April 19, 2012
/PRNewswire-USNewswire/ -- The U.S. Department of Labor today announced guidance for state demonstration projects to identify innovative strategies that quickly connect unemployed workers with good jobs. Today's announcement is a key component of the first major overhaul of the Unemployment Insurance system in decades, made possible by the Middle Class Tax Relief and Job Creation Act of 2012 signed by President Obama in February.
From extending unemployment benefits that help families weather the recession to creating new skills training programs for those seeking jobs, the administration is committed to rebuilding an economy which ensures that Americans who work hard and play by the rules have the ability to realize economic security and the American dream. Last fall, the president called on Congress to act immediately to continue tax relief for virtually every working American; to reform the Unemployment Insurance system to better connect Americans with work, while also extending benefits for those who continue to pound the pavement looking for work; and to enact policies that will lay the foundation for future growth. These reforms to the Unemployment Insurance program aim to help American workers and our economy by reducing layoffs, fostering entrepreneurship and reducing the time it takes for unemployed workers to get back into jobs.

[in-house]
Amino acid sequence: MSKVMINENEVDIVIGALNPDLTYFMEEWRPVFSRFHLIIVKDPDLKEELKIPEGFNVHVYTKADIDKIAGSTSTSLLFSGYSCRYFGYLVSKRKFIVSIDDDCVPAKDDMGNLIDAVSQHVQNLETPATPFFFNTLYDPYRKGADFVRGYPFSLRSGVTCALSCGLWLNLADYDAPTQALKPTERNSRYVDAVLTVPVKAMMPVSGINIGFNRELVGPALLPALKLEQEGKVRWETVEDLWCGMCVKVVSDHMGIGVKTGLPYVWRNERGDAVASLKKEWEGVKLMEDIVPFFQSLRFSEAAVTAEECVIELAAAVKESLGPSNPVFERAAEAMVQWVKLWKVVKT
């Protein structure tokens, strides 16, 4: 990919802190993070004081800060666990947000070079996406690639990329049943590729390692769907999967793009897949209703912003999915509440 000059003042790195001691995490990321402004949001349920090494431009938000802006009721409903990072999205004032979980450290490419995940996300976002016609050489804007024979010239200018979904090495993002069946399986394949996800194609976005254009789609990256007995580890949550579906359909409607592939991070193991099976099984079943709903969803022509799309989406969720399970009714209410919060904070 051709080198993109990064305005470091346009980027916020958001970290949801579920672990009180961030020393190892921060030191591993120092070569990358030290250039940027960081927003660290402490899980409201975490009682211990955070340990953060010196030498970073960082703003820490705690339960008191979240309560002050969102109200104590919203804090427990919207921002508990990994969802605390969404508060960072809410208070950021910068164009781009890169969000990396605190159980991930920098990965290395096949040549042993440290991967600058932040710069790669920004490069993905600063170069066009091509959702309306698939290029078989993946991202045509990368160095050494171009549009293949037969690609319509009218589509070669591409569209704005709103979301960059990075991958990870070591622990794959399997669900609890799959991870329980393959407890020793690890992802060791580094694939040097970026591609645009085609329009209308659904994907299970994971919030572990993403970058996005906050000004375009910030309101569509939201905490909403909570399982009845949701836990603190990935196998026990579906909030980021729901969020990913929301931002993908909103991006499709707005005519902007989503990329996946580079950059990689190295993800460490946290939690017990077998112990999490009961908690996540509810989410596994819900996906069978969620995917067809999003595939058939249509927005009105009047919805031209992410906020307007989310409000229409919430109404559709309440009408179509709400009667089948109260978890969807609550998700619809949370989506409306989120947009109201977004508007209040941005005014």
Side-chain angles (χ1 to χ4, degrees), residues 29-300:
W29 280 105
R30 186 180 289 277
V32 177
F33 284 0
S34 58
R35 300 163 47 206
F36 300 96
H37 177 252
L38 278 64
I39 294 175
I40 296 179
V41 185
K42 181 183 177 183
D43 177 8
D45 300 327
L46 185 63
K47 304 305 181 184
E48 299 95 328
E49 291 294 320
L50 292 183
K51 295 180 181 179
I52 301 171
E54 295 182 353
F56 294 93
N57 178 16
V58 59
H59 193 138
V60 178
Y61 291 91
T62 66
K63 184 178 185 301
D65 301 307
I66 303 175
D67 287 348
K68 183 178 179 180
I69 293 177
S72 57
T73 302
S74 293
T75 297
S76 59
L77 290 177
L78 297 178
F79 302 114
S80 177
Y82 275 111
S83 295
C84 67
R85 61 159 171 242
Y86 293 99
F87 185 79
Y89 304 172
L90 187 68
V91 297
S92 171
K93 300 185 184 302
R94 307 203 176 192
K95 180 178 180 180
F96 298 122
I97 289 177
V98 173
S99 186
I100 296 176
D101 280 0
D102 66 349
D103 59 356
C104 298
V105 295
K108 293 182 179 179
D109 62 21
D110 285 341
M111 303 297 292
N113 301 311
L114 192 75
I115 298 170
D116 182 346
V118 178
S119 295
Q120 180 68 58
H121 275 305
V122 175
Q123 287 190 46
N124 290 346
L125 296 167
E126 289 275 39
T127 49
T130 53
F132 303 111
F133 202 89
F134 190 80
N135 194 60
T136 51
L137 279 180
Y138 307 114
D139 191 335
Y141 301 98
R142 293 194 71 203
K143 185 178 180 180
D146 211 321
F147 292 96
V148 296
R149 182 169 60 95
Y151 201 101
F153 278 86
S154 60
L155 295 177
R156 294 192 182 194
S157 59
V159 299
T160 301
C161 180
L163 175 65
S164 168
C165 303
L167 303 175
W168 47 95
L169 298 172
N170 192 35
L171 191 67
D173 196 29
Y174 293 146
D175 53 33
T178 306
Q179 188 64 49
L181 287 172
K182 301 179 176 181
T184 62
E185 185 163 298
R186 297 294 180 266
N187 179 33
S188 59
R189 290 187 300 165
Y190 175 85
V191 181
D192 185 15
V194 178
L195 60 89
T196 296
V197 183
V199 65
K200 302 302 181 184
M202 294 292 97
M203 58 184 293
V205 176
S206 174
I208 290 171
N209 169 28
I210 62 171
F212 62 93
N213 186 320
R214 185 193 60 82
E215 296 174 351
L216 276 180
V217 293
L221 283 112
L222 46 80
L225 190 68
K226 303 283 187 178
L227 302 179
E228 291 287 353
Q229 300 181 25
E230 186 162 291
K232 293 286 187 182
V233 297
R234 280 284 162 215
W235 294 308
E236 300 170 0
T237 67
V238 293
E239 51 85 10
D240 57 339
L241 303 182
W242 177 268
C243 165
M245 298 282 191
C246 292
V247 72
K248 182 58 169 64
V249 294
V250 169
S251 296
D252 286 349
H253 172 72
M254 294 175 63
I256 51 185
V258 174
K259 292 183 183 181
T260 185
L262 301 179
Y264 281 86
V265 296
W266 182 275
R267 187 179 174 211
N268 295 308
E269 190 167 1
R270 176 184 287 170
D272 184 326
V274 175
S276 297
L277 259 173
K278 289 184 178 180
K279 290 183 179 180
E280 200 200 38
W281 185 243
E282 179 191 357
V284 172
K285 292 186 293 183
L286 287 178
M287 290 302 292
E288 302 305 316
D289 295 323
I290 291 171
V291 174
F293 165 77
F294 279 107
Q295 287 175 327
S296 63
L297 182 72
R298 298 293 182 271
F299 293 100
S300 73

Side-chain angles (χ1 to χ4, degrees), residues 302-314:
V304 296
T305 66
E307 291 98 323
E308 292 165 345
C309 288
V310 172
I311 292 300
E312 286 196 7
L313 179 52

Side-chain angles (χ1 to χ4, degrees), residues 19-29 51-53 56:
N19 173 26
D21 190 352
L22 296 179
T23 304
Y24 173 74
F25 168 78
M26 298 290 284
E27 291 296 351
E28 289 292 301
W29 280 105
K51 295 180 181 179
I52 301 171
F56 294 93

As a result of these reforms, up to 10 states will be able to use administrative funding – or apply for a waiver to use Unemployment Insurance Trust Funds – to implement and evaluate programs that expedite the ability of people to return to work.
"This administration is committed to finding new and innovative ways to turn the unemployment system into a re-employment system, and state programs can play a crucial role in doing so," said Secretary of Labor
Hilda L. Solis
. "These projects will help improve services, lower costs and provide crucial worker protection measures to ensure that employers who follow the rules are able to compete on a level playing field."
Approved states will conduct projects that demonstrate and evaluate measures to expedite the re-employment of individuals who are eligible to receive unemployment compensation, or projects that improve the effectiveness of a state in carrying out its state law with respect to re-employment. Projects can provide wage subsidies for employer-provided training, or direct disbursements not to exceed the weekly benefit amount of an individual, to employers who hire those receiving unemployment compensation.